Entertainment & Arts

Breakfast at Tiffany's added to film archive

Audrey Hepburn in Breakfast at Tiffany's
Image caption Audrey Hepburn was nominated for an Oscar for her role in Breakfast at Tiffany's

Audrey Hepburn's 1961 film Breakfast At Tiffany's is to be preserved as part of the US National Film Registry.

The Oscar-winning film is one of 25 titles being added to the registry for its significance to American culture.

Based on Truman Capote's novella, it stars Hepburn as Holly Golightly - a free-spirited goodtime girl with an incurable romantic streak.

Clint Eastwood's Dirty Harry, baseball film A League of Their Own and The Matrix are also among the new entries.

Some 600 films are now on the list, which represents "important cultural, artistic and historic achievements in filmmaking".

Established by the Library of Congress in 1989, the registry was set up under the National Film Preservation Act.

The films are chosen annually after nominations from the public and in consultation with the National Film Preservation Board.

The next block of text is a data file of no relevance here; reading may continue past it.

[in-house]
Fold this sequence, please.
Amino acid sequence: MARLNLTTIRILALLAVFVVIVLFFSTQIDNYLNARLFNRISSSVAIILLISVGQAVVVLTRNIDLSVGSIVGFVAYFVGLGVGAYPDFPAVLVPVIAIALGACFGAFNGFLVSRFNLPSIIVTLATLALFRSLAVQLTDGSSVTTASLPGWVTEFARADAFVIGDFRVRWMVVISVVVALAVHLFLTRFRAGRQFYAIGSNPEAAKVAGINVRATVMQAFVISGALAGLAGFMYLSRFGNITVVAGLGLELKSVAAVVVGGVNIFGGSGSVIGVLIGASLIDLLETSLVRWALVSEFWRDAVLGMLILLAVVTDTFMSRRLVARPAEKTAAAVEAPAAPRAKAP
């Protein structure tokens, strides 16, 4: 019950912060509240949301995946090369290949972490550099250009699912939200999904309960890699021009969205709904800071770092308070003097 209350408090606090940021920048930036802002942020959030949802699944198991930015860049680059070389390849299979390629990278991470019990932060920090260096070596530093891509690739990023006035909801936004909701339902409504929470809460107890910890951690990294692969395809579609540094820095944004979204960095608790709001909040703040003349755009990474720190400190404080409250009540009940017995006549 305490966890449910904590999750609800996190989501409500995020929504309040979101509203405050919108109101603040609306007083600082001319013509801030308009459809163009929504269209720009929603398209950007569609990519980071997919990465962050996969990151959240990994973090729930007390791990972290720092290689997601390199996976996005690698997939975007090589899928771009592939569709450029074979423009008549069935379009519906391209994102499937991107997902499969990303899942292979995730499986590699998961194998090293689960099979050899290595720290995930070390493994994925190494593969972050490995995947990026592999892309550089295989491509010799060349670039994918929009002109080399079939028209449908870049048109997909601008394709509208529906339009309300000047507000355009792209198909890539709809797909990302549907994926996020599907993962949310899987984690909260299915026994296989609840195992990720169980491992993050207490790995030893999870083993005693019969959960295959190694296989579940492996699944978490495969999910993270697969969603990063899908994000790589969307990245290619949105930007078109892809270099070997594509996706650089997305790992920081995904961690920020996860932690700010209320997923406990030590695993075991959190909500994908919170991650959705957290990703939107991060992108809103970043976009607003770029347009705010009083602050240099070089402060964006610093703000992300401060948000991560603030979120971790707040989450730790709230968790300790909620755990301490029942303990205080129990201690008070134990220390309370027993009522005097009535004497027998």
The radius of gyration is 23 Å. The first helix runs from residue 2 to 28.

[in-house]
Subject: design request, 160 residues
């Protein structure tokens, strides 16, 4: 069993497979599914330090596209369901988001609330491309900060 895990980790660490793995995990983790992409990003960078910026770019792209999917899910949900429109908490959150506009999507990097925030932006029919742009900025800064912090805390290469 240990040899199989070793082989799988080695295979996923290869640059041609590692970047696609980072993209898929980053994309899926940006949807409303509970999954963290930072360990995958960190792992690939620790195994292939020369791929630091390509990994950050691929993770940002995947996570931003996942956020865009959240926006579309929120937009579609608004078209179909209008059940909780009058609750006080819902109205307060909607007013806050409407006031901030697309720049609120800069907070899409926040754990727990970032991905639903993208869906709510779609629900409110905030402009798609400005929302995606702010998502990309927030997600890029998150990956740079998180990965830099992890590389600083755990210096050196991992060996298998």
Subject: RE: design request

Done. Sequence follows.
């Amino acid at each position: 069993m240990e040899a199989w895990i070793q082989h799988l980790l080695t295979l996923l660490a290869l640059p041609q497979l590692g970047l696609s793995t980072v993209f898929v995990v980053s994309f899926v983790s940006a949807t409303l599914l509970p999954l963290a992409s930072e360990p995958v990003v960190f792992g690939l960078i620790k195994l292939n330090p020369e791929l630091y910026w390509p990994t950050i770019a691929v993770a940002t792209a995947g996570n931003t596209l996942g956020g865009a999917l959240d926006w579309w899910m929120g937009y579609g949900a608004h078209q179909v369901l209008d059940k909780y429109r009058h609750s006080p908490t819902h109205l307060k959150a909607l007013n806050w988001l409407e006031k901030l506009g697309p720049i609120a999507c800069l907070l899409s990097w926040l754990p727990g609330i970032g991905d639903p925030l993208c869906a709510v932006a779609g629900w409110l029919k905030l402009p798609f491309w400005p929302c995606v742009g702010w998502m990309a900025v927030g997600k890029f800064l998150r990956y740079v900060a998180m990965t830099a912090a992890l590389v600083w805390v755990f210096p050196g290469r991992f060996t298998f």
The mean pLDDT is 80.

The Library of Congress then works with film studios to ensure original copies of the selected movies are kept safe.

The oldest title being preserved in this year's selection is boxing film The Corbett-Fitzsimmons Title Fight, which dates back 115 years to 1897.

Film curators said the movie helped establish the film industry as a successful business and with a running time of around 100 minutes, became the longest movie ever produced at the time, showing the full course of the fight.

Image caption A League of Their Own told the story of the All-American Girls Professional Baseball League

The 1992 film A League of Their Own has received many public nominations for the film registry over past years.

Starring Geena Davis, Tom Hanks, Madonna and Rosie O'Donnell, it tells the story of the All-American Girls Professional Baseball League.

Other films that made the registry included 1983's A Christmas Story, James Stewart's 1959 film Anatomy of a Murder and 1957's 3:10 To Yuma.

"These films are not selected as the 'best' American films of all time, but rather as works of enduring importance to American culture," Librarian of Congress James Bilington said.

"They reflect who we are as a people and as a nation."

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